Why did the National Cybersecurity Center of Excellence (NCCoE) create this guide?
Industrial control system assets provide command and control information as well as key functions on OT networks. These assets are primary targets of cyber attacks and any vulnerabilities in these assets can present opportunities for malicious actors to disrupt both the electric grid and oil and natural gas infrastructure. Such disruptions can result in economic loss and interruption of critical services to millions of people. This guide was created to provide a reference architecture and an example solution for managing, monitoring, and baselining assets, and includes information to help identify threats to these OT assets.
What is this practice guide about?
This guide describes methods for managing, monitoring, and baselining assets and also includes information to help identify threats to these OT assets. The guide includes a reference design and uses commercially available technologies in an example solution that will help energy organizations address the security challenges of OT asset management.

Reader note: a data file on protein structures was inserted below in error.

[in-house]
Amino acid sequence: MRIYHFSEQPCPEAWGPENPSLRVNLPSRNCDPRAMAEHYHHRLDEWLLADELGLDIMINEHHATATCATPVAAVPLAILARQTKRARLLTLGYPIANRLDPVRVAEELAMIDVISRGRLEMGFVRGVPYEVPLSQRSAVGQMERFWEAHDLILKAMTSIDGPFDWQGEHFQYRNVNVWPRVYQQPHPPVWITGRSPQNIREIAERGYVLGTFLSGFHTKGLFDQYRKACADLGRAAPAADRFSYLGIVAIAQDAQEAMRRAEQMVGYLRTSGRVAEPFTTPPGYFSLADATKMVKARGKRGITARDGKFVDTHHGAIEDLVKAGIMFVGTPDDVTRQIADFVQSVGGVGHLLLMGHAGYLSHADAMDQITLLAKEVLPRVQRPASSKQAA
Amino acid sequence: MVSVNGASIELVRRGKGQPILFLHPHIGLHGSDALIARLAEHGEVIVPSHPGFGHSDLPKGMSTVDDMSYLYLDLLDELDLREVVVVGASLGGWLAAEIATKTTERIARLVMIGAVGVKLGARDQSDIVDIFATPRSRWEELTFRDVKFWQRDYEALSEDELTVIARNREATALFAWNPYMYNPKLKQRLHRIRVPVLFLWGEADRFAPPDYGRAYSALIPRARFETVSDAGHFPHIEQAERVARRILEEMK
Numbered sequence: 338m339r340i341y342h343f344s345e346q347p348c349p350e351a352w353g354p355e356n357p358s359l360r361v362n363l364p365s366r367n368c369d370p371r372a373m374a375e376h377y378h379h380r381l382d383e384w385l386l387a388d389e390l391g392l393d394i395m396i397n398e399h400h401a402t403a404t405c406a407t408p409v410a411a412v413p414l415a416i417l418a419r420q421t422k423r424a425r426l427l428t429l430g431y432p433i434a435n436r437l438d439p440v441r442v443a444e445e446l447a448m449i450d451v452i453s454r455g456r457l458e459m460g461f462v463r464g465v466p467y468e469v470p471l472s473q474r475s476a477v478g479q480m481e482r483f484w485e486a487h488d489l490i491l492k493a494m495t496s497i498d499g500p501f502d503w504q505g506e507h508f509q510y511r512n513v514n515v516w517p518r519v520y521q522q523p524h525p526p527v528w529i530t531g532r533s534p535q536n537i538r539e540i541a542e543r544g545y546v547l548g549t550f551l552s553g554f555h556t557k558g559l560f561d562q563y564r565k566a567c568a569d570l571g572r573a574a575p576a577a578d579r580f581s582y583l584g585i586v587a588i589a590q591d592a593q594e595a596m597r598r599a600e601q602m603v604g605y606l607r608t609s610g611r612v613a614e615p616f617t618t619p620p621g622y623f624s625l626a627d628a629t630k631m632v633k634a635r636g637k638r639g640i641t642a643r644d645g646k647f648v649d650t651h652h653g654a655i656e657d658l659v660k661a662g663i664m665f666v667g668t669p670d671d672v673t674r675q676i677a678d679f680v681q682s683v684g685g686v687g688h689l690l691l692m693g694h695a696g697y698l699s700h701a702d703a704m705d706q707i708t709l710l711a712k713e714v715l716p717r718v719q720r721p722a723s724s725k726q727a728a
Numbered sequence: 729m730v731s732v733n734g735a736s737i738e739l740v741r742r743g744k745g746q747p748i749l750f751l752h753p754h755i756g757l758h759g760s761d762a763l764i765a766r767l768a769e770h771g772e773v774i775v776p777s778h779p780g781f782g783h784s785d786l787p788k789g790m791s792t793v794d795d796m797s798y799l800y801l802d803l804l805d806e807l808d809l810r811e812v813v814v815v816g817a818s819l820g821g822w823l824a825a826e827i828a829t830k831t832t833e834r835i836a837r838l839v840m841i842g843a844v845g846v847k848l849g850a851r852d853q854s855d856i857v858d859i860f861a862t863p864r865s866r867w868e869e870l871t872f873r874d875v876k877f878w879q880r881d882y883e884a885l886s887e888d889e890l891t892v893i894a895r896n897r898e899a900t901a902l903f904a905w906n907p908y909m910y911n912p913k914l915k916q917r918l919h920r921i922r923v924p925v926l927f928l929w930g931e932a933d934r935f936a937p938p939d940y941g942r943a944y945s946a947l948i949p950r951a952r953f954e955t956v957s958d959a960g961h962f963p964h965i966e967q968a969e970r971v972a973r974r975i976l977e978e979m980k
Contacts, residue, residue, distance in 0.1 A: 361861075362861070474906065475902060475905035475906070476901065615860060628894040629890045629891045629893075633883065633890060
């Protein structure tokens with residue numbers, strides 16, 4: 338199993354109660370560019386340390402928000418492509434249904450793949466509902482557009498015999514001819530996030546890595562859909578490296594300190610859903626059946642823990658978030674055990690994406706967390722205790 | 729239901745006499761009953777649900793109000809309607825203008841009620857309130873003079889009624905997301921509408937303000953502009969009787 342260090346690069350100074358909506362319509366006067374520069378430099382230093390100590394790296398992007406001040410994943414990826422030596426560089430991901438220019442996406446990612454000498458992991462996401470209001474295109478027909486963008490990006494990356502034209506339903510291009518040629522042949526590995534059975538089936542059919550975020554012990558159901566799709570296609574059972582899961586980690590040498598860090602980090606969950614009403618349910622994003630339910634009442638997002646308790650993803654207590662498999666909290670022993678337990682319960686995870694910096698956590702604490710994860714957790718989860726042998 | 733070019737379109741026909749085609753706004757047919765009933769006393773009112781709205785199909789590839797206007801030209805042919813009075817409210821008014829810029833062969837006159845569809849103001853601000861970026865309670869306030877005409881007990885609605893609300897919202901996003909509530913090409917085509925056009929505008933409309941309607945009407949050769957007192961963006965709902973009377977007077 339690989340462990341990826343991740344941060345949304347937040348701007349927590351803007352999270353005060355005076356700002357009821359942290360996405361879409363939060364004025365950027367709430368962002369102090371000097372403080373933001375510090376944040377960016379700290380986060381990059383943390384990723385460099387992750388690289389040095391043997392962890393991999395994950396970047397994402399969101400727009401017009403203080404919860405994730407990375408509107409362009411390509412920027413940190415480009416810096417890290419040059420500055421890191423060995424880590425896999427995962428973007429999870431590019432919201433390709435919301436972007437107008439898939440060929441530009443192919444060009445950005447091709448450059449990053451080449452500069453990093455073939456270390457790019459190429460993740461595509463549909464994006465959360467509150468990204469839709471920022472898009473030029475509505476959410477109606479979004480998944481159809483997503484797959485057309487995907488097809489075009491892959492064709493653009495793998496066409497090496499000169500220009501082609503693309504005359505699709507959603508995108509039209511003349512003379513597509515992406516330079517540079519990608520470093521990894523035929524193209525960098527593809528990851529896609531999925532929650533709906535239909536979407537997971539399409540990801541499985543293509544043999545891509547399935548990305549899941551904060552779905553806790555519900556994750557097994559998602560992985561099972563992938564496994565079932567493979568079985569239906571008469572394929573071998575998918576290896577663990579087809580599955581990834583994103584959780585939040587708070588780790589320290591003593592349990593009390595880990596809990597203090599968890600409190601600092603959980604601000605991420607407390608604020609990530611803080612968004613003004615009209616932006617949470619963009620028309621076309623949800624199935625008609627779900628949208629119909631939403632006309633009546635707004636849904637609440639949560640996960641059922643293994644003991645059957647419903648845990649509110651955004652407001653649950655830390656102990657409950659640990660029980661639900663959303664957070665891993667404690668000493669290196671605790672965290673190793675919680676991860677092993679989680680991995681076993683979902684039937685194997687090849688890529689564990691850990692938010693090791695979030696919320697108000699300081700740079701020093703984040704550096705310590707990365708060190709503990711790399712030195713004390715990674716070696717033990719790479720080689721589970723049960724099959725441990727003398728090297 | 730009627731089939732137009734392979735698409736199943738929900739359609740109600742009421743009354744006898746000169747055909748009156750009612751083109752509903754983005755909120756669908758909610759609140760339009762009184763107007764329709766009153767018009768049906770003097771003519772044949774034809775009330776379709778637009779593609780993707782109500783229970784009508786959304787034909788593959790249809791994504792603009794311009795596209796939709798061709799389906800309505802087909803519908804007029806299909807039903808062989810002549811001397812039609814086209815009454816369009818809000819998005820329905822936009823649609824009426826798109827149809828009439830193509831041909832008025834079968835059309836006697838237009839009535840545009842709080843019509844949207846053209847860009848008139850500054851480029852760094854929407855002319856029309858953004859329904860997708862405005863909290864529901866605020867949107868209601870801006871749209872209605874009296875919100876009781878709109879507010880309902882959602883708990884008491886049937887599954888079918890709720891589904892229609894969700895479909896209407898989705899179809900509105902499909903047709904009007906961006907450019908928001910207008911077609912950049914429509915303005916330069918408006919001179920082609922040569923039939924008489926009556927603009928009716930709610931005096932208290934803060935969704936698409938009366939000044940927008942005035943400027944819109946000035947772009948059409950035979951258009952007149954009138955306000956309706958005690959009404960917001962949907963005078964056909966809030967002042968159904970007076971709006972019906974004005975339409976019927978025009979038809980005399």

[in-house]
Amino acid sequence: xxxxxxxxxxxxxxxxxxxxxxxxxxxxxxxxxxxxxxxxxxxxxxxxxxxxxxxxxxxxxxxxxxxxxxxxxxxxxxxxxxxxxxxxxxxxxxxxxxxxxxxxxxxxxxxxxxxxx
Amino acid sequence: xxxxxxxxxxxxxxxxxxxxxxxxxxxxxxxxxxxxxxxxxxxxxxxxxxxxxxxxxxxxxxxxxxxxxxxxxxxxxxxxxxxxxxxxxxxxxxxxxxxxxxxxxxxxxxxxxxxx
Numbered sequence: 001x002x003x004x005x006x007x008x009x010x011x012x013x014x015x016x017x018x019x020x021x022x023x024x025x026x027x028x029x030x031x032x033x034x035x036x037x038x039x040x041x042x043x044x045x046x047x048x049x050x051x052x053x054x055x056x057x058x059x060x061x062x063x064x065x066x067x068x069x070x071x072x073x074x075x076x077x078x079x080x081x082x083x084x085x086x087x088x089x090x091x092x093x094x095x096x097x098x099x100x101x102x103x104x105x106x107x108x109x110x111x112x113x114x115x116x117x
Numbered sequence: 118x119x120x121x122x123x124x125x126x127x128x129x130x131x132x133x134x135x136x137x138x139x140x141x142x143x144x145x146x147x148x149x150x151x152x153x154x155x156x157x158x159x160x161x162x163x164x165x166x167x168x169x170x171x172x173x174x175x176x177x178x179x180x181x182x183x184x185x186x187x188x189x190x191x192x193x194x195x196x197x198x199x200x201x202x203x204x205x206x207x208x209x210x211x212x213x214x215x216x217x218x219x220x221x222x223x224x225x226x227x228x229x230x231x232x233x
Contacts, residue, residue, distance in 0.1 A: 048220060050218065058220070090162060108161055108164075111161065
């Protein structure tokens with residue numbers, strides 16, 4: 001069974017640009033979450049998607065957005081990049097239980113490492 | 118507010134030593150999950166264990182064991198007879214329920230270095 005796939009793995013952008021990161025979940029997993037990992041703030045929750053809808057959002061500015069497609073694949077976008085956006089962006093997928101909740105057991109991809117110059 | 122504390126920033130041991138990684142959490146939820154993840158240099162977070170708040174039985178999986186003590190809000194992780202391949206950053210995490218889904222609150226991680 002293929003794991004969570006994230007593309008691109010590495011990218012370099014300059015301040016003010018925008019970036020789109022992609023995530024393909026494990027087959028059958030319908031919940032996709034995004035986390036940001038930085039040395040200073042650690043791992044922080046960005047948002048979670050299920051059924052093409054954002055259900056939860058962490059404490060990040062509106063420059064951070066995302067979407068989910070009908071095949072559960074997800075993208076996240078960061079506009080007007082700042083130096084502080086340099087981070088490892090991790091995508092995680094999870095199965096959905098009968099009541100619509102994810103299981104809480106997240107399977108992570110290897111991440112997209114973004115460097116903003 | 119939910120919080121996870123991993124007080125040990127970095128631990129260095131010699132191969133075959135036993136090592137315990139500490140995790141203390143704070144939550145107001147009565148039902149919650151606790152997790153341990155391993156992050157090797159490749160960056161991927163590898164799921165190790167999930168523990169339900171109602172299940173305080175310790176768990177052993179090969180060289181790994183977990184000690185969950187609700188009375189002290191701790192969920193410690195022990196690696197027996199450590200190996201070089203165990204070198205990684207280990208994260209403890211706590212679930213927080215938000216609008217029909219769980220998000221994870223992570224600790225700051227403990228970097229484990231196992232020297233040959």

What is energy sector asset management?
Asset management is defined in the NIST Cybersecurity Framework as the identification and management of data, personnel, devices, systems, and facilities that enable the organization to achieve business purposes, consistent with their relative importance to business objectives and the organization’s risk strategy. In this guide we are addressing the following characteristics of asset management in the energy sector:
- Asset Discovery: establishment of a full baseline of physical and logical locations of assets
- Asset Identification: capture of asset attributes, such as manufacturer, model, operating system (OS), Internet Protocol (IP) addresses, media access control (MAC) addresses, protocols, patch-level information, and firmware versions
- Asset Visibility: continuous identification of newly connected or disconnected devices, and IP (routable and non-routable) and serial connections to other devices